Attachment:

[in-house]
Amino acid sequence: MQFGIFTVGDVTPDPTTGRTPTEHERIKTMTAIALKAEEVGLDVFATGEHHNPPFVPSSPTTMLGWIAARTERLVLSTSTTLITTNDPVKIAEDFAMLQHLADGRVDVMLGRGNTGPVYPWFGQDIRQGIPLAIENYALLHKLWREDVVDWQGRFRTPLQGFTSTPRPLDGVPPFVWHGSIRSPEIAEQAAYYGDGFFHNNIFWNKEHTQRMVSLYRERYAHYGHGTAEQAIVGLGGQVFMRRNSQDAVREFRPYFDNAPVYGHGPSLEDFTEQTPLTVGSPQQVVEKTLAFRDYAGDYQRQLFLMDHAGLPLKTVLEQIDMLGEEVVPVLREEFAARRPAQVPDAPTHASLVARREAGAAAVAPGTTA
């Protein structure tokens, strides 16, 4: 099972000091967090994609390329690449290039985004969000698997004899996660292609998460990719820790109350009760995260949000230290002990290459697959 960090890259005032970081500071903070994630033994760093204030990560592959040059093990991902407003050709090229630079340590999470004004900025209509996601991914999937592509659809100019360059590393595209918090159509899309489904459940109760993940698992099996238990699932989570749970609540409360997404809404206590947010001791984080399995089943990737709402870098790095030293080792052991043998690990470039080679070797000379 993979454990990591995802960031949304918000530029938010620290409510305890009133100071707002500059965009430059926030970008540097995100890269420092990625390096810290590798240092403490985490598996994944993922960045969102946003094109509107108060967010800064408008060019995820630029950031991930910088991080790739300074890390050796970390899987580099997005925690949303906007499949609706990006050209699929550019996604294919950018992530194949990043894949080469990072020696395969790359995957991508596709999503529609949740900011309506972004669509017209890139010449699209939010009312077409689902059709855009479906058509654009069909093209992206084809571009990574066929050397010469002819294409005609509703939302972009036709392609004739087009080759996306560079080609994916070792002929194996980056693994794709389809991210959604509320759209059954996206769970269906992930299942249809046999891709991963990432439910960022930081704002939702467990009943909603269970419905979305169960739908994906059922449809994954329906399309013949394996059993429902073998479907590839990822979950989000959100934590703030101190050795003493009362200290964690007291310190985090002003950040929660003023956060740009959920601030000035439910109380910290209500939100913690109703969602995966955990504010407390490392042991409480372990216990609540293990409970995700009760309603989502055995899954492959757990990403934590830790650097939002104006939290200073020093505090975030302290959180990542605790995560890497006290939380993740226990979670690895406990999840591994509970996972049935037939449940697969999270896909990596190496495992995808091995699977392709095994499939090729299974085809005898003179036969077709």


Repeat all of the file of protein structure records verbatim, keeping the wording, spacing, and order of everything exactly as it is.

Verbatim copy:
[in-house]
Amino acid sequence: MQFGIFTVGDVTPDPTTGRTPTEHERIKTMTAIALKAEEVGLDVFATGEHHNPPFVPSSPTTMLGWIAARTERLVLSTSTTLITTNDPVKIAEDFAMLQHLADGRVDVMLGRGNTGPVYPWFGQDIRQGIPLAIENYALLHKLWREDVVDWQGRFRTPLQGFTSTPRPLDGVPPFVWHGSIRSPEIAEQAAYYGDGFFHNNIFWNKEHTQRMVSLYRERYAHYGHGTAEQAIVGLGGQVFMRRNSQDAVREFRPYFDNAPVYGHGPSLEDFTEQTPLTVGSPQQVVEKTLAFRDYAGDYQRQLFLMDHAGLPLKTVLEQIDMLGEEVVPVLREEFAARRPAQVPDAPTHASLVARREAGAAAVAPGTTA
């Protein structure tokens, strides 16, 4: 099972000091967090994609390329690449290039985004969000698997004899996660292609998460990719820790109350009760995260949000230290002990290459697959 960090890259005032970081500071903070994630033994760093204030990560592959040059093990991902407003050709090229630079340590999470004004900025209509996601991914999937592509659809100019360059590393595209918090159509899309489904459940109760993940698992099996238990699932989570749970609540409360997404809404206590947010001791984080399995089943990737709402870098790095030293080792052991043998690990470039080679070797000379 993979454990990591995802960031949304918000530029938010620290409510305890009133100071707002500059965009430059926030970008540097995100890269420092990625390096810290590798240092403490985490598996994944993922960045969102946003094109509107108060967010800064408008060019995820630029950031991930910088991080790739300074890390050796970390899987580099997005925690949303906007499949609706990006050209699929550019996604294919950018992530194949990043894949080469990072020696395969790359995957991508596709999503529609949740900011309506972004669509017209890139010449699209939010009312077409689902059709855009479906058509654009069909093209992206084809571009990574066929050397010469002819294409005609509703939302972009036709392609004739087009080759996306560079080609994916070792002929194996980056693994794709389809991210959604509320759209059954996206769970269906992930299942249809046999891709991963990432439910960022930081704002939702467990009943909603269970419905979305169960739908994906059922449809994954329906399309013949394996059993429902073998479907590839990822979950989000959100934590703030101190050795003493009362200290964690007291310190985090002003950040929660003023956060740009959920601030000035439910109380910290209500939100913690109703969602995966955990504010407390490392042991409480372990216990609540293990409970995700009760309603989502055995899954492959757990990403934590830790650097939002104006939290200073020093505090975030302290959180990542605790995560890497006290939380993740226990979670690895406990999840591994509970996972049935037939449940697969999270896909990596190496495992995808091995699977392709095994499939090729299974085809005898003179036969077709």